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RISK: Nuclear Standards applied to Cameco in Port Hope.

Pat Lawson, Port Hope, ON

The CNSC applies definitive estimates of risk to the Port Hope population in an area fraught with uncertainties. The nuclear model is pathways analysis. The situation in Port Hope is far too complicated to apply this model. It cannot effectively document the migration of radionuclides through the environment, let alone determine human exposure.

It is compromised further by risk models based on gamma radiation, ignoring particle inhalation that causes respiratory and cardiovascular disease. The following risk factors endured by Port Hope residents are ignored by the Regulator (CNSC):

1. We citizens of Port Hope live in the buffer zone. CNSC deducts background gamma (estimated at 8 microRoentgens/hr in Port Hope) from their calculation of risk.

2. Over the years, Cameco/Eldorado have had repeated accidents involving air, water, and soil. This data is diluted by averaging the results in monthly reports.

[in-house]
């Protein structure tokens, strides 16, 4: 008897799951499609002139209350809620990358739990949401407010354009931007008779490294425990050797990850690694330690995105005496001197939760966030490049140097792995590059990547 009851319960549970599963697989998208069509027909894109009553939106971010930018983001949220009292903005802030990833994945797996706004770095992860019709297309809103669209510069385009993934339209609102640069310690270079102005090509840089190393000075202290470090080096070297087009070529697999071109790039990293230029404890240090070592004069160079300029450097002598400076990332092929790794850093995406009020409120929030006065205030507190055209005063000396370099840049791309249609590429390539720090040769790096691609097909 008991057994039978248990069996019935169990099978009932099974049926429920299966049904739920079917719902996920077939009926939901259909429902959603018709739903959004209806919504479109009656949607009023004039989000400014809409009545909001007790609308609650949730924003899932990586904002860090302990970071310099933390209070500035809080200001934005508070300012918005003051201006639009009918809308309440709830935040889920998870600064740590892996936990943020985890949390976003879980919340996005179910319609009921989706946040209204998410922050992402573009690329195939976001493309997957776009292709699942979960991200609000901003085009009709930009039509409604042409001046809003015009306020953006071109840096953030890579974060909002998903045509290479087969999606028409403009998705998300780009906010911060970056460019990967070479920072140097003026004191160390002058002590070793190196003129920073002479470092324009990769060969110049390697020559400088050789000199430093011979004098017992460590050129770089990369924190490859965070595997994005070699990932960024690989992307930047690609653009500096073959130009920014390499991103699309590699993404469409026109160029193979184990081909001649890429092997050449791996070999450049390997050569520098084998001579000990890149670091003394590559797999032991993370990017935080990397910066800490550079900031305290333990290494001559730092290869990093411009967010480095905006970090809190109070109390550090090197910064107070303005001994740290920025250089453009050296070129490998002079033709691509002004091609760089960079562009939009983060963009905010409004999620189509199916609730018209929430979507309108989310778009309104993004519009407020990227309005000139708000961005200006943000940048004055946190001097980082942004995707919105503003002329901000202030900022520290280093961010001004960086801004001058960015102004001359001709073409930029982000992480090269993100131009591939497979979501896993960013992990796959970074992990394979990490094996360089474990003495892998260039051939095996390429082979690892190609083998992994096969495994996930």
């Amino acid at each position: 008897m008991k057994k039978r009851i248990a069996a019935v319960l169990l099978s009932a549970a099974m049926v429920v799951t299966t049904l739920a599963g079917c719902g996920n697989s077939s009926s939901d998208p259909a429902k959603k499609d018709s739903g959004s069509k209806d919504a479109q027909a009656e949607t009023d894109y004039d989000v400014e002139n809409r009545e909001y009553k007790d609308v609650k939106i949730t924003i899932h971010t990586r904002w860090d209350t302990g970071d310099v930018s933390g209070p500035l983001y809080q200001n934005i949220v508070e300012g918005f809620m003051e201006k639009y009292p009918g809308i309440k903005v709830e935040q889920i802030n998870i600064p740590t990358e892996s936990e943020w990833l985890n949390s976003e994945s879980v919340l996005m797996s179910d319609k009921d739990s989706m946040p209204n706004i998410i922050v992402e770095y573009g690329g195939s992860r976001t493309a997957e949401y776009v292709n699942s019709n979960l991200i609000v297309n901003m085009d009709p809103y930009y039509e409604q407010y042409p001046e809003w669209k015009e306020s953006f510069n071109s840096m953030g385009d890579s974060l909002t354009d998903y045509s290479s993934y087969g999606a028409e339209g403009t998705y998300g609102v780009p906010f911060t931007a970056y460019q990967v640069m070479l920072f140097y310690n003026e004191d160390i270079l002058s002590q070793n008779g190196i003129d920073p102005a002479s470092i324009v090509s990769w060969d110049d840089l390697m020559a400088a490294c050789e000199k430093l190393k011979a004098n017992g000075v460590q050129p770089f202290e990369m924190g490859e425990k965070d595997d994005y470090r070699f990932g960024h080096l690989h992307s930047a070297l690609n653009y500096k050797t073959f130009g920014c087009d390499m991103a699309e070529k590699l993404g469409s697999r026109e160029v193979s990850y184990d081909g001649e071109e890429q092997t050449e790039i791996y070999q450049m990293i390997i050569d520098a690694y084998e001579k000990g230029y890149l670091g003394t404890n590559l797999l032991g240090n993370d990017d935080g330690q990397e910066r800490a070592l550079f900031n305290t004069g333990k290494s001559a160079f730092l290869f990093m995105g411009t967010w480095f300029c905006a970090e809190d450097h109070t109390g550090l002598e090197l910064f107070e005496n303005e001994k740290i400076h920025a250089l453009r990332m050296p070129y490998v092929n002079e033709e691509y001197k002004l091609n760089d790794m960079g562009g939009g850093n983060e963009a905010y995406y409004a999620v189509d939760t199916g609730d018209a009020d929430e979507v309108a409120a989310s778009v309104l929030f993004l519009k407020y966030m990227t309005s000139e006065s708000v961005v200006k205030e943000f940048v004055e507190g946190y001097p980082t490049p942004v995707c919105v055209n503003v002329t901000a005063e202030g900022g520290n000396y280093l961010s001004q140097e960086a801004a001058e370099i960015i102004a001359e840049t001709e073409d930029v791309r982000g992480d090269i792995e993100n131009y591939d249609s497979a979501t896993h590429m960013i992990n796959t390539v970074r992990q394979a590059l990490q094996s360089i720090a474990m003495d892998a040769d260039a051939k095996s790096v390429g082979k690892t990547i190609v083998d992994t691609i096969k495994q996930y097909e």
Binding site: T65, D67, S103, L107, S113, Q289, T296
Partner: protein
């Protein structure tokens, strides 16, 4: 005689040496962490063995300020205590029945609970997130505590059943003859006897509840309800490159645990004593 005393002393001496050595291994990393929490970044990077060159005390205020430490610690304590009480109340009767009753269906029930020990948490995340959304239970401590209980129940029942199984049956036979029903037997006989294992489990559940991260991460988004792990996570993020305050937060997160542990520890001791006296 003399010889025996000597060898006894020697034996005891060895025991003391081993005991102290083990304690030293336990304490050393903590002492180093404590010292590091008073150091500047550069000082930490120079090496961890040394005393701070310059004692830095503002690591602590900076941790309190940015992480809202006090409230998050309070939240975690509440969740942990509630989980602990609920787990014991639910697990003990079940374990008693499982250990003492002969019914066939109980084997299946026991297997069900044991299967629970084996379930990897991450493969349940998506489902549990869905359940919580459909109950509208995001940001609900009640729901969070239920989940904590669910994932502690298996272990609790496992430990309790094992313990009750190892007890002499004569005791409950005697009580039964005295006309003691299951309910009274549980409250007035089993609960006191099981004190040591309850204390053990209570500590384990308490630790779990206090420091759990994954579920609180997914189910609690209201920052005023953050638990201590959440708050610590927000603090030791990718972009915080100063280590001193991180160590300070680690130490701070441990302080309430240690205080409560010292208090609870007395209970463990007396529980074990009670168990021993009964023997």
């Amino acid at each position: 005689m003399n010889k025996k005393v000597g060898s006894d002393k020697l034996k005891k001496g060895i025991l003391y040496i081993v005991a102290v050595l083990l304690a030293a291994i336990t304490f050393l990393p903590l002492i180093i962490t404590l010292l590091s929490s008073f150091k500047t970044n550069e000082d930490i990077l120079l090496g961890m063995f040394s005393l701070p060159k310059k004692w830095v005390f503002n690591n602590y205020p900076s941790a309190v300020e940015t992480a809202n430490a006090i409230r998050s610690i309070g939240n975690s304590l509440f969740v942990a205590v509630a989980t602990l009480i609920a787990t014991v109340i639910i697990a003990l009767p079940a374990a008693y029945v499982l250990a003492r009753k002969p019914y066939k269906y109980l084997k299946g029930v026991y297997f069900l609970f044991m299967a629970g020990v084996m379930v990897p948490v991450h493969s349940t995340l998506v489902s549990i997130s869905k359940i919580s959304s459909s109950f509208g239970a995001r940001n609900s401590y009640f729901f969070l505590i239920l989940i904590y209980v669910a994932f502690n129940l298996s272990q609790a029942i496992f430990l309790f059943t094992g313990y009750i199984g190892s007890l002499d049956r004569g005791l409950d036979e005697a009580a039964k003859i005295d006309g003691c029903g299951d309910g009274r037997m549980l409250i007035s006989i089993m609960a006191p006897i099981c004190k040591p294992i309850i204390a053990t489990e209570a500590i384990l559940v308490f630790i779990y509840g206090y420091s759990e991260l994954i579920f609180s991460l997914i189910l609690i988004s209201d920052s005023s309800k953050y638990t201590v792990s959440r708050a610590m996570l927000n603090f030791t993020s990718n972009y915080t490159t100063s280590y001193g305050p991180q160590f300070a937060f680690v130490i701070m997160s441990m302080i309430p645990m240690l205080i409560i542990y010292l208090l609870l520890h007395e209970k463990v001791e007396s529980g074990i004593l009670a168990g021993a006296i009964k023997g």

3. There is a cumulative impact on immune systems, ignored by the Regulator.

4. A reductionist calculation can only deal with the average man/woman/child. It does not allow for the multi-factorial nature of health, inherent genetic diversities, differing life experiences and sensitivities, and therefore differing susceptibilities.

Cameco is essentially a chemical plant. It uses about 30,000 lbs per day of highly toxic hydrogen fluoride. Remember, this is in the midst of a town. The allowable risk for chemicals = one cancer per million people. Cancer risks in the nuclear industry are hundreds of times higher than are allowed in the chemical industries. The uranium component at Cameco is actually less of a risk than hydrogen fluoride, which has the potential to trigger a Bhopal scenario in Port Hope.

Theoretical estimates of risk account for little compared to the scientific analysis of the body burden(biotesting) initiated by Port Hope residents. The results of recent lab tests show chronic internal contamination from inhaling radioactive toxins. Some of the contaminants are commercial nuclear isotopes not acknowledged by the regulator to date in Port Hope.

It seems clear that the allowable exposure/risk level for Port Hope is not based on the health of the residents, but is adjusted to accommodate the industry. This is as unacceptable as the mining of uranium from which the whole tragic problem originates.